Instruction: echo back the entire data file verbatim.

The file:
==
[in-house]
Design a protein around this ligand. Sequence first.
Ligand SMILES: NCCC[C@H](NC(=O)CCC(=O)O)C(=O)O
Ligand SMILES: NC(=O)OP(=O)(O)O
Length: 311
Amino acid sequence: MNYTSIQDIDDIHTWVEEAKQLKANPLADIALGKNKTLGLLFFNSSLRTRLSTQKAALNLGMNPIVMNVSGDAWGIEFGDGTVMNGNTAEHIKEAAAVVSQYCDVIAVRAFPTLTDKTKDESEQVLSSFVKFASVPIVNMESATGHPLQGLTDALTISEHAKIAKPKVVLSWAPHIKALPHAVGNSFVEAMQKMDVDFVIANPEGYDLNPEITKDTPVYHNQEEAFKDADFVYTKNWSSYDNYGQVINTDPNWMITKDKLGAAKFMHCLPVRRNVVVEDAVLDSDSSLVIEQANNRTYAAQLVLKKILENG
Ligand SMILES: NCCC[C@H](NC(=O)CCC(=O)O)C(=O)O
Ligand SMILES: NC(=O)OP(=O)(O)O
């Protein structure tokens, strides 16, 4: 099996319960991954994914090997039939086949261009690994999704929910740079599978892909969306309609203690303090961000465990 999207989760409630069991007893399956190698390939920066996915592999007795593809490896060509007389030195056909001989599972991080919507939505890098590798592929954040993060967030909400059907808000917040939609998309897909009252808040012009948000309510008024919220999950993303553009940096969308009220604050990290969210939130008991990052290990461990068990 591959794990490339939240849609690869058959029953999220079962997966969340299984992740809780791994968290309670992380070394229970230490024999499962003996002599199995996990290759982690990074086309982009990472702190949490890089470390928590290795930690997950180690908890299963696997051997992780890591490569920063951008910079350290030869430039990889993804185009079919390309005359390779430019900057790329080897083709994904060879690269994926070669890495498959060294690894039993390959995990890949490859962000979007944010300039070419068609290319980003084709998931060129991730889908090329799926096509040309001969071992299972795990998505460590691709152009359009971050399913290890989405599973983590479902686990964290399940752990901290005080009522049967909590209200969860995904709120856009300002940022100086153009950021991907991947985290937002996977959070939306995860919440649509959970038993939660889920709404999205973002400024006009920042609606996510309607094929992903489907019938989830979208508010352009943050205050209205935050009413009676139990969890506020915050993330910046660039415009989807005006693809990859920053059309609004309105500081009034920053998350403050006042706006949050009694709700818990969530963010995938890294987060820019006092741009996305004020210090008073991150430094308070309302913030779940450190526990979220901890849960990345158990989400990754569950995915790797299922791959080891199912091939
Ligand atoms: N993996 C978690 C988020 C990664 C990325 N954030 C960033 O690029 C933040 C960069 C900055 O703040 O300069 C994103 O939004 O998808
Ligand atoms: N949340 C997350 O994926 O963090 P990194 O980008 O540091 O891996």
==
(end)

[in-house]
Design a protein around this ligand. Sequence first.
Ligand SMILES: NCCC[C@H](NC(=O)CCC(=O)O)C(=O)O
Ligand SMILES: NC(=O)OP(=O)(O)O
Length: 311
Amino acid sequence: MNYTSIQDIDDIHTWVEEAKQLKANPLADIALGKNKTLGLLFFNSSLRTRLSTQKAALNLGMNPIVMNVSGDAWGIEFGDGTVMNGNTAEHIKEAAAVVSQYCDVIAVRAFPTLTDKTKDESEQVLSSFVKFASVPIVNMESATGHPLQGLTDALTISEHAKIAKPKVVLSWAPHIKALPHAVGNSFVEAMQKMDVDFVIANPEGYDLNPEITKDTPVYHNQEEAFKDADFVYTKNWSSYDNYGQVINTDPNWMITKDKLGAAKFMHCLPVRRNVVVEDAVLDSDSSLVIEQANNRTYAAQLVLKKILENG
Ligand SMILES: NCCC[C@H](NC(=O)CCC(=O)O)C(=O)O
Ligand SMILES: NC(=O)OP(=O)(O)O
């Protein structure tokens, strides 16, 4: 099996319960991954994914090997039939086949261009690994999704929910740079599978892909969306309609203690303090961000465990 999207989760409630069991007893399956190698390939920066996915592999007795593809490896060509007389030195056909001989599972991080919507939505890098590798592929954040993060967030909400059907808000917040939609998309897909009252808040012009948000309510008024919220999950993303553009940096969308009220604050990290969210939130008991990052290990461990068990 591959794990490339939240849609690869058959029953999220079962997966969340299984992740809780791994968290309670992380070394229970230490024999499962003996002599199995996990290759982690990074086309982009990472702190949490890089470390928590290795930690997950180690908890299963696997051997992780890591490569920063951008910079350290030869430039990889993804185009079919390309005359390779430019900057790329080897083709994904060879690269994926070669890495498959060294690894039993390959995990890949490859962000979007944010300039070419068609290319980003084709998931060129991730889908090329799926096509040309001969071992299972795990998505460590691709152009359009971050399913290890989405599973983590479902686990964290399940752990901290005080009522049967909590209200969860995904709120856009300002940022100086153009950021991907991947985290937002996977959070939306995860919440649509959970038993939660889920709404999205973002400024006009920042609606996510309607094929992903489907019938989830979208508010352009943050205050209205935050009413009676139990969890506020915050993330910046660039415009989807005006693809990859920053059309609004309105500081009034920053998350403050006042706006949050009694709700818990969530963010995938890294987060820019006092741009996305004020210090008073991150430094308070309302913030779940450190526990979220901890849960990345158990989400990754569950995915790797299922791959080891199912091939
Ligand atoms: N993996 C978690 C988020 C990664 C990325 N954030 C960033 O690029 C933040 C960069 C900055 O703040 O300069 C994103 O939004 O998808
Ligand atoms: N949340 C997350 O994926 O963090 P990194 O980008 O540091 O891996």